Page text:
When you have trouble moving product overseas -- and cash in your pocket -- you can always call on a classic strategy: take control of the distribution channels.
There are four traditional ways to do so: set up your own local firm; invest in a local firm; merge your firm with a local firm; or simply acquire an existing player in that market which owns a respected brand name.
Is China getting ready to do so in the publishing field, as part of its soft power push?
By Bruce Humes, August 24, '14
Winners of the "2013 China International Translation Contest," co-hosted by the State Council Information Office, Chinese Writer Association and the China International Publishing Group, have been announced. According to 国际翻译大赛, the organizing committee provided 30 pieces of contemporary Chinese short stories from which to choose, and 1,006 renditions were received from over 30 countries in English, French, Spanish, Russian and Arabic.
By Bruce Humes, June 12, '14
I recently made a number of suggestions on concrete steps that could help ensure greater success for the “campaign to take Chinese literature global.” They are detailed in Open Letter to China Literary Exports, Inc..
中华读书报 (China Reading Weekly) interviewed me about my proposal, including the establishment of a Translator-in-Residence program. If you'd like to read the interview (in Chinese), and see the part of the draft text that was deleted just before publication, visit 建议：建立 ‘驻地翻译基金’，积极征募外国翻译家到中国短期居住.
By Bruce Humes, May 14, '14
“ Dreams are so good. Why do we have to make them a reality? ”
What’s a young Tibetan stud to do for a living nowadays in a tourist hotspot like Lhasa? And what happens when his childhood dream—to hang out in the capital of a country called China—comes true?
In the just-published The Unbearable Dreamworld of Champa the Driver, author Chan Koonchung takes us on a rocky road from Lhasa to Beijing. Along the way he paints disturbing vignettes. An apartheid-in-the-making. The eerie death wish of a would-be self-immolator. The Kafkaesque “black jails” where provincial petitioners who dare air their grievances to the Beijing Mandarins are brutalized, then sent home.
If they’re lucky, that is.
By Bruce Humes, March 14, '14
As the number of Chinese novels translated into English annually rises into the teens, here's a figure to contemplate:
" . . . 781 Japanese novels were translated and published in South Korea in 2012," according to Takayuki Iwasaki in Japan's Literati Impervious to Politics.
By Bruce Humes, October 11, '13
On October 31, Professor Tai Zaixi will speak on (Self) Censorship and the Translator-Author Relationship: The Case of Full Translations, Partial Translations, and Non-translations in the Chinese Context at HK Baptist U's Centre for Translation.
By Bruce Humes, October 2, '13
In Nobel Win, Ho Ai Li of Singapore’s Straits Times notes that Mo Yan’s Nobel Prize—regardless of how his own writing is perceived abroad—is helping to spark interest in translated Chinese fiction. Since most of us won’t be able to get beyond the pay wall, I’ve selected three choice quotes from the article below. But pls resist the temptation to re-tweet Eric’s words on your Weibo account, as we’d hate to see his visa renewal application denied next time round . . .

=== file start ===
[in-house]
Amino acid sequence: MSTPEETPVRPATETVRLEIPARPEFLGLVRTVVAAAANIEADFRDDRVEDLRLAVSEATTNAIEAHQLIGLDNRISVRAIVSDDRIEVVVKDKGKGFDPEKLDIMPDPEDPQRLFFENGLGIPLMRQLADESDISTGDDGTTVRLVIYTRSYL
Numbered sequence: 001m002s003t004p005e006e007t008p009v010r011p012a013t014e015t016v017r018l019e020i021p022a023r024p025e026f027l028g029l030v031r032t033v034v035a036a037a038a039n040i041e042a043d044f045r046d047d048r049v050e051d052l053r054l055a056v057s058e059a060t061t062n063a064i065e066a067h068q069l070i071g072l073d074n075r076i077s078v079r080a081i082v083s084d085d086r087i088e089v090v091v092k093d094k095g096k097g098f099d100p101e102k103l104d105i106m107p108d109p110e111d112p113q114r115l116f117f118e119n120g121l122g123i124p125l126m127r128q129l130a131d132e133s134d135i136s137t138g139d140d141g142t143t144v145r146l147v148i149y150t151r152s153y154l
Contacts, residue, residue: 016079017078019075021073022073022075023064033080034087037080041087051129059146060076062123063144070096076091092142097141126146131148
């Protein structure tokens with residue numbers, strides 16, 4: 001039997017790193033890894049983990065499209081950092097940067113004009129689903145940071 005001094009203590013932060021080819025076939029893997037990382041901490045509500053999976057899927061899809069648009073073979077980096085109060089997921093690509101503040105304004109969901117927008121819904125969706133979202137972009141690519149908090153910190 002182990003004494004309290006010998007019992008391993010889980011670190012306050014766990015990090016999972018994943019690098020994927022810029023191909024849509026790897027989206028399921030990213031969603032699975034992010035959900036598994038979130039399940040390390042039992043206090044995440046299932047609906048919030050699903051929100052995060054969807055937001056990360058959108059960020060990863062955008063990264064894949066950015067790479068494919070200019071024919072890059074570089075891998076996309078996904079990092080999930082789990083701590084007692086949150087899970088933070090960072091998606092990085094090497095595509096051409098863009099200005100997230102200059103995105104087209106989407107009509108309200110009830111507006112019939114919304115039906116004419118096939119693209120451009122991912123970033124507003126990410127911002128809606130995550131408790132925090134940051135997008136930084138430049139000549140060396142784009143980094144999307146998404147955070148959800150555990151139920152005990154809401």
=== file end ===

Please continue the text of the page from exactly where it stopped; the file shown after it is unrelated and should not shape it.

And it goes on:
By Bruce Humes, September 28, '13
To help the nation recover the revolutionary spirit, a new – lightly edited for political correctness, or annotated perhaps? – version of Mao's Little Red Book will reportedly hit the shelves soon (Revamp):
The new version is due for release in November, just before the 120th anniversary of Mao's birth. Its chief editor, Chen Yu – a senior colonel at the Academy of Military Science – describes it as a voluntary initiative. "We just want to edit the book, as other scholars work on the Analects of Confucius… We don't have a complicated political purpose," said Chen.
Sounds innocent enough . . .
By Bruce Humes, March 21, '13
Murakami Haruki’s latest novel, his first major release since the 1Q84 trilogy in April 2010, goes on sale in Japan April 12. I haven’t found any hint of its name in English, but according to a report by Shi Chenlu at Chinanews.com (村上春树新长篇) , its (temporary) Chinese title is <没有色彩的多崎造和他的巡礼之年>.
Intriguingly, now the hunt is on for the Chinese translator. You may recall that the monopoly of long-time Murakami translator Lin Shaohua (林少华) ended abruptly when the contract for rendering What I Talk about When I Talk about Running was handed over to Shi Xiaowei (当我谈跑步时我谈些什么，施小炜译).
By Bruce Humes, December 8, '12
It's true that the Western media, and not a few China hands, would like nothing better than for Mo Yan to have delivered a Nobel acceptance speech that criticizes China's censorship practices.
One could argue that this is a selfish if not downright childish desire.
His speech is now up in Chinese (讲故事的人), so we know that his speech contained nothing of the sort. He basically said that:
*** He perceives himself as a "storyteller" who was deeply inspired by the lives of those around him as he grew up in a small Shandong town
*** Recent criticisms leveled at him in fact have nothing to do with Mo Yan the writer
*** A writer should be judged by what he writes, not what he says -- or doesn't say -- about what he writes